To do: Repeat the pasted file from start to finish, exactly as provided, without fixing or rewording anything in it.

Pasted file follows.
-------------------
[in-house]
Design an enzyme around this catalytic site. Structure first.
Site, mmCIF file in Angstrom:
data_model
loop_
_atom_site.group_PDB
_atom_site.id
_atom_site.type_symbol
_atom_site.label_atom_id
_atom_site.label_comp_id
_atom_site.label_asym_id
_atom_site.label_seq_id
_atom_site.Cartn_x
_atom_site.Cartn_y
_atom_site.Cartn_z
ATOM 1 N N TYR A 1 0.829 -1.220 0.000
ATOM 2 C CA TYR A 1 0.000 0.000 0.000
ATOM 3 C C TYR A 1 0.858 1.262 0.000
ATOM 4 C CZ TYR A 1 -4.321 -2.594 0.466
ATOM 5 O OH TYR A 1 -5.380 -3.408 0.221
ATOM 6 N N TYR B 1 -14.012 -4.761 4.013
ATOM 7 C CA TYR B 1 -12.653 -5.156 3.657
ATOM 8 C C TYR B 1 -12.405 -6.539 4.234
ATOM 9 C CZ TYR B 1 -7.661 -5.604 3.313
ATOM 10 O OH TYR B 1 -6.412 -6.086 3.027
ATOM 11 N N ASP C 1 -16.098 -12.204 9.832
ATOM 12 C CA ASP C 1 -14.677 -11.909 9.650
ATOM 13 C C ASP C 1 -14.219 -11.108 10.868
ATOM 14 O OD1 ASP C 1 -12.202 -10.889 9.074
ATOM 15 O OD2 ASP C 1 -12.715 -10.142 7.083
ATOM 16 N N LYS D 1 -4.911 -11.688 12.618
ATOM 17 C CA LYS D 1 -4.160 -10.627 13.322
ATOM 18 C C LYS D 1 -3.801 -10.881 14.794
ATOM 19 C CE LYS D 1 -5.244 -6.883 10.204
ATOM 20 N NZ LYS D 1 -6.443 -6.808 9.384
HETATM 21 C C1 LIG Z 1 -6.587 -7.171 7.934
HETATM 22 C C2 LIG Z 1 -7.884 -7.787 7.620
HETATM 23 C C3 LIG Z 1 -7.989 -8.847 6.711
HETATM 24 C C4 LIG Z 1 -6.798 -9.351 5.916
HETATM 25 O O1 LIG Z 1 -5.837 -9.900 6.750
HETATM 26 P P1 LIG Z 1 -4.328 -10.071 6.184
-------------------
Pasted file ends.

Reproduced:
[in-house]
Design an enzyme around this catalytic site. Structure first.
Site, mmCIF file in Angstrom:
data_model
loop_
_atom_site.group_PDB
_atom_site.id
_atom_site.type_symbol
_atom_site.label_atom_id
_atom_site.label_comp_id
_atom_site.label_asym_id
_atom_site.label_seq_id
_atom_site.Cartn_x
_atom_site.Cartn_y
_atom_site.Cartn_z
ATOM 1 N N TYR A 1 0.829 -1.220 0.000
ATOM 2 C CA TYR A 1 0.000 0.000 0.000
ATOM 3 C C TYR A 1 0.858 1.262 0.000
ATOM 4 C CZ TYR A 1 -4.321 -2.594 0.466
ATOM 5 O OH TYR A 1 -5.380 -3.408 0.221
ATOM 6 N N TYR B 1 -14.012 -4.761 4.013
ATOM 7 C CA TYR B 1 -12.653 -5.156 3.657
ATOM 8 C C TYR B 1 -12.405 -6.539 4.234
ATOM 9 C CZ TYR B 1 -7.661 -5.604 3.313
ATOM 10 O OH TYR B 1 -6.412 -6.086 3.027
ATOM 11 N N ASP C 1 -16.098 -12.204 9.832
ATOM 12 C CA ASP C 1 -14.677 -11.909 9.650
ATOM 13 C C ASP C 1 -14.219 -11.108 10.868
ATOM 14 O OD1 ASP C 1 -12.202 -10.889 9.074
ATOM 15 O OD2 ASP C 1 -12.715 -10.142 7.083
ATOM 16 N N LYS D 1 -4.911 -11.688 12.618
ATOM 17 C CA LYS D 1 -4.160 -10.627 13.322
ATOM 18 C C LYS D 1 -3.801 -10.881 14.794
ATOM 19 C CE LYS D 1 -5.244 -6.883 10.204
ATOM 20 N NZ LYS D 1 -6.443 -6.808 9.384
HETATM 21 C C1 LIG Z 1 -6.587 -7.171 7.934
HETATM 22 C C2 LIG Z 1 -7.884 -7.787 7.620
HETATM 23 C C3 LIG Z 1 -7.989 -8.847 6.711
HETATM 24 C C4 LIG Z 1 -6.798 -9.351 5.916
HETATM 25 O O1 LIG Z 1 -5.837 -9.900 6.750
HETATM 26 P P1 LIG Z 1 -4.328 -10.071 6.184